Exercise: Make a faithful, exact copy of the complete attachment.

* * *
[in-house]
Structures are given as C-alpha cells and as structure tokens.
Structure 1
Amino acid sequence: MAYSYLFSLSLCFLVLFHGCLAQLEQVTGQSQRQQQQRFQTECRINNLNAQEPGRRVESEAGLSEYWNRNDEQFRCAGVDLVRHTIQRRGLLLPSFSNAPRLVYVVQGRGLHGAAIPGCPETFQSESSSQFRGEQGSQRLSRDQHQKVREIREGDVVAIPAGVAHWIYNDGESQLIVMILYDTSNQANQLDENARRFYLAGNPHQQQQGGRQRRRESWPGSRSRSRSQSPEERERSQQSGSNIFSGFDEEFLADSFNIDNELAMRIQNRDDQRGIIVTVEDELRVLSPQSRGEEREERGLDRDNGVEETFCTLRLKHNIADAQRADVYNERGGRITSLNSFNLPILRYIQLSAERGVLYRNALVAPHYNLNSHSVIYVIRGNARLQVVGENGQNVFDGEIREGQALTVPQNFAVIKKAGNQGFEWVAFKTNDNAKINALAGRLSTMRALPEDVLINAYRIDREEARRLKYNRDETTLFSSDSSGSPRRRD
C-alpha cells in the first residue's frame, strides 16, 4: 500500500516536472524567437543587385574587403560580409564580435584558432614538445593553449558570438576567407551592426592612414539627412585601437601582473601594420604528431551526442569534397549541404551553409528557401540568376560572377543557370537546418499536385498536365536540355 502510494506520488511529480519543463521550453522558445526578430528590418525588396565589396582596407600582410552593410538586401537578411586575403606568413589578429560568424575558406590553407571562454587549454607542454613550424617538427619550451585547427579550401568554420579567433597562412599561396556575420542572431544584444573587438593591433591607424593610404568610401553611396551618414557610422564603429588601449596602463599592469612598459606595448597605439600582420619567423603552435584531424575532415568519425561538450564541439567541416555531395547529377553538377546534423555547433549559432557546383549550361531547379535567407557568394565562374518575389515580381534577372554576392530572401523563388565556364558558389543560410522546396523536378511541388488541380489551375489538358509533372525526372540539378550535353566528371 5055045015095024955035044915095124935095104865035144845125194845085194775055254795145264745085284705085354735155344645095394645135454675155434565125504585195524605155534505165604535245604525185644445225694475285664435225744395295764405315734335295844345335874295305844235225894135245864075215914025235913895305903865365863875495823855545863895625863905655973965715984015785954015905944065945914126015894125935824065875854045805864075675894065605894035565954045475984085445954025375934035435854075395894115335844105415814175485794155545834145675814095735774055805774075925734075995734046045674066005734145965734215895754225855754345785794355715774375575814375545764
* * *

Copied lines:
[in-house]
Structures are given as C-alpha cells and as structure tokens.
Structure 1
Amino acid sequence: MAYSYLFSLSLCFLVLFHGCLAQLEQVTGQSQRQQQQRFQTECRINNLNAQEPGRRVESEAGLSEYWNRNDEQFRCAGVDLVRHTIQRRGLLLPSFSNAPRLVYVVQGRGLHGAAIPGCPETFQSESSSQFRGEQGSQRLSRDQHQKVREIREGDVVAIPAGVAHWIYNDGESQLIVMILYDTSNQANQLDENARRFYLAGNPHQQQQGGRQRRRESWPGSRSRSRSQSPEERERSQQSGSNIFSGFDEEFLADSFNIDNELAMRIQNRDDQRGIIVTVEDELRVLSPQSRGEEREERGLDRDNGVEETFCTLRLKHNIADAQRADVYNERGGRITSLNSFNLPILRYIQLSAERGVLYRNALVAPHYNLNSHSVIYVIRGNARLQVVGENGQNVFDGEIREGQALTVPQNFAVIKKAGNQGFEWVAFKTNDNAKINALAGRLSTMRALPEDVLINAYRIDREEARRLKYNRDETTLFSSDSSGSPRRRD
C-alpha cells in the first residue's frame, strides 16, 4: 500500500516536472524567437543587385574587403560580409564580435584558432614538445593553449558570438576567407551592426592612414539627412585601437601582473601594420604528431551526442569534397549541404551553409528557401540568376560572377543557370537546418499536385498536365536540355 502510494506520488511529480519543463521550453522558445526578430528590418525588396565589396582596407600582410552593410538586401537578411586575403606568413589578429560568424575558406590553407571562454587549454607542454613550424617538427619550451585547427579550401568554420579567433597562412599561396556575420542572431544584444573587438593591433591607424593610404568610401553611396551618414557610422564603429588601449596602463599592469612598459606595448597605439600582420619567423603552435584531424575532415568519425561538450564541439567541416555531395547529377553538377546534423555547433549559432557546383549550361531547379535567407557568394565562374518575389515580381534577372554576392530572401523563388565556364558558389543560410522546396523536378511541388488541380489551375489538358509533372525526372540539378550535353566528371 5055045015095024955035044915095124935095104865035144845125194845085194775055254795145264745085284705085354735155344645095394645135454675155434565125504585195524605155534505165604535245604525185644445225694475285664435225744395295764405315734335295844345335874295305844235225894135245864075215914025235913895305903865365863875495823855545863895625863905655973965715984015785954015905944065945914126015894125935824065875854045805864075675894065605894035565954045475984085445954025375934035435854075395894115335844105415814175485794155545834145675814095735774055805774075925734075995734046045674066005734145965734215895754225855754345785794355715774375575814375545764